Mammal Dropping Identification

Identifying mammal droppings in the UK

Mammals are usually extremely difficult to see, often the only signs of their presence are the droppings left. The presence of scat is a major indicator of the animals present

March is a good time to look for mammal faeces; new vegetation is yet to come through and many species are actively defending their territories. Carnivores often use their faeces to mark out their territories, so these are often left in noticeable places.

Identification is often based on smell and/or contents, using small twigs to inspect the remains or using rubber gloves to handle faeces.

Important observations to make when identifying droppings

  • Determine its size
  • Identify its shape, e.g. round or flat
  • What habitat you are surveying, e.g. woodland or upland
  • Are there multiple droppings or one single dropping
  • Identify the contents of the dropping, for example, insect wings, berries or grass

Dropping descriptions

Rabbit and hare

  • Rabbits and hares do not ruminate, and their pellets consist of finely chewed fragments of grasses
  • Rabbit droppings are often in latrines and are small round brown pellets which are generally darker than hares’
  • Hare pellets can be difficult to tell from rabbit; they generally lighter in colour and slightly larger (up to 1cm) and more flattened
  • More often found away from field edges


  • Fox scats can usually be identified by their tapered ends and dense construction
  • Droppings may be in groups or in one single dropping
  • Colouration is usually dark when fresh, fading over time to a pale grey
  • Fresh scats have a really strong musty odour and a slimy appearance
  • Can contain remnants of rabbits, voles or birds, but can also contain berries and seeds, as well as other food leftovers, particularly in urban areas


  • Badgers usually deposit in latrines, which mark the perimeter of their territory
  • Faeces can be very variable, often soft or runny when they have been eating worms, or dry, firm sausage like droppings after eating wheat or fruit
  • Recognisable by a sweet, musky smell

Water vole and rat

  • Water vole droppings are odourless and dark green when fresh; rat droppings smell bad and are more blackish in colour
  • Water voles tend to leave droppings in the same place, creating latrines
  • Water vole droppings are 8mm–12mm long, with rounded tips and are smooth. They are found near water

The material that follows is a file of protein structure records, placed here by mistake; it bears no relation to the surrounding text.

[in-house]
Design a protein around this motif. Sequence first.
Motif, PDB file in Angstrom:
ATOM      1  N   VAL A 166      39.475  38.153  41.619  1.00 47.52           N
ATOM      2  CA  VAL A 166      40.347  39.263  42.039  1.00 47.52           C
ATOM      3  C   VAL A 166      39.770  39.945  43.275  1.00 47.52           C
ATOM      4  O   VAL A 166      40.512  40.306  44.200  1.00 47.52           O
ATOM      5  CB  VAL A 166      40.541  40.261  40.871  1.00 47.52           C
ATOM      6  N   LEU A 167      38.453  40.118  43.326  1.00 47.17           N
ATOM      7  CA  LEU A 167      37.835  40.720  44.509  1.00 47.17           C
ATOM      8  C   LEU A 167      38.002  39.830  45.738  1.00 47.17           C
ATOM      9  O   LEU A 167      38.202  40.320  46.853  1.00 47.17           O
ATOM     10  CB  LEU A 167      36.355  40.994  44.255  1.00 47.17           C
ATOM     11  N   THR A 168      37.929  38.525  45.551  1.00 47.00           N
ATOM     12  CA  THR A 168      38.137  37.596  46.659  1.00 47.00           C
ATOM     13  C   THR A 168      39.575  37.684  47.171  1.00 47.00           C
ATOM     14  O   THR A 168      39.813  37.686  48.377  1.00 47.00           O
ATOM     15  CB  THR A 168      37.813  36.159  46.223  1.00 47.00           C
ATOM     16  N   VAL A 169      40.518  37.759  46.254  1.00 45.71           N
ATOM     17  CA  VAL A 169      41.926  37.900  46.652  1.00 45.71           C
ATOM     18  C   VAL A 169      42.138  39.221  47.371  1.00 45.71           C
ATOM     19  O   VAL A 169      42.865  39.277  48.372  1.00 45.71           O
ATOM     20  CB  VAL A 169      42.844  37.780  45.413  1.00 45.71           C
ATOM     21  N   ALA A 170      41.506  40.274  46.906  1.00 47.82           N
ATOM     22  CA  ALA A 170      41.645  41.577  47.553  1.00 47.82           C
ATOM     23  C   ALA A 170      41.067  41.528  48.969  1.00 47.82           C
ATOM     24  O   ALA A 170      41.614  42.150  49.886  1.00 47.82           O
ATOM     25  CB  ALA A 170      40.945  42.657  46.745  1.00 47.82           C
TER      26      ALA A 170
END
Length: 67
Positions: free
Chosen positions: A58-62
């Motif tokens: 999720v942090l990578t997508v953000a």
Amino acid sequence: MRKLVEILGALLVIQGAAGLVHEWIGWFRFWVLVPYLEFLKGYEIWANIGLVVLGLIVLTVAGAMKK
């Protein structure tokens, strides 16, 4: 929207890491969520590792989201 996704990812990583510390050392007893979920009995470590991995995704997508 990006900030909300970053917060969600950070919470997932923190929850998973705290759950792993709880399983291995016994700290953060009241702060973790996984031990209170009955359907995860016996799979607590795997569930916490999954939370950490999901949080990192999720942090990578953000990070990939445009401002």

• Rat droppings are larger than those of water voles, average 12mm long. They are rough in texture with pointed tips. They are frequently deposited in groups


  • Droppings are up to 8mm in diameter
  • Usually deposited at random but can accumulate at favoured feeding site, such as a bird table
  • Droppings are often brownish or red
  • Squirrel droppings usually have soft, circular tips


  • Tarry black when fresh, turns grey and ash-like with age
  • Spraints dry very quickly, and rapidly break down into a crumbled state
  • Size varies between 3-10cm long
  • Spraints marking their territory are left in prominent places, such as on rocks in rivers or ledges under bridges
  • Usually contain fish-bones and scales or beetle remains


  • Deer ruminate, so their food is finely digested and their pellets are generally black and shiny with no obvious contents
  • Droppings are usually in piles of about 30 separate cylindrical pellets, pointed at one end and indented at the other, but sometimes a single formless lump is produced
  • Hard to tell species apart. Different species produce different sized droppings, of which the sizes overlap. Sizes range from 0.7-2.5cm
  • Often left in small piles on tracks in woods


  • Mostly they are cylindrical in shape and very shiny and black in colour. They can range in length from 1.5-5cm
  • Can contain bits of insect or undigested worms
  • Droppings will often be found on grass close to either a flower border or hedge


  • Bat droppings are dry and crumble away
  • Can vary in length between species e.g. Pipistrelle 0.7-0.9cm and Noctule 1.1-1.5cm
  • Droppings can vary a great deal in colour from a light brown to black depending on what the bat has eaten
  • Droppings can be found stuck to walls or on the ground under holes where bats enter buildings, as well as in piles in roost sites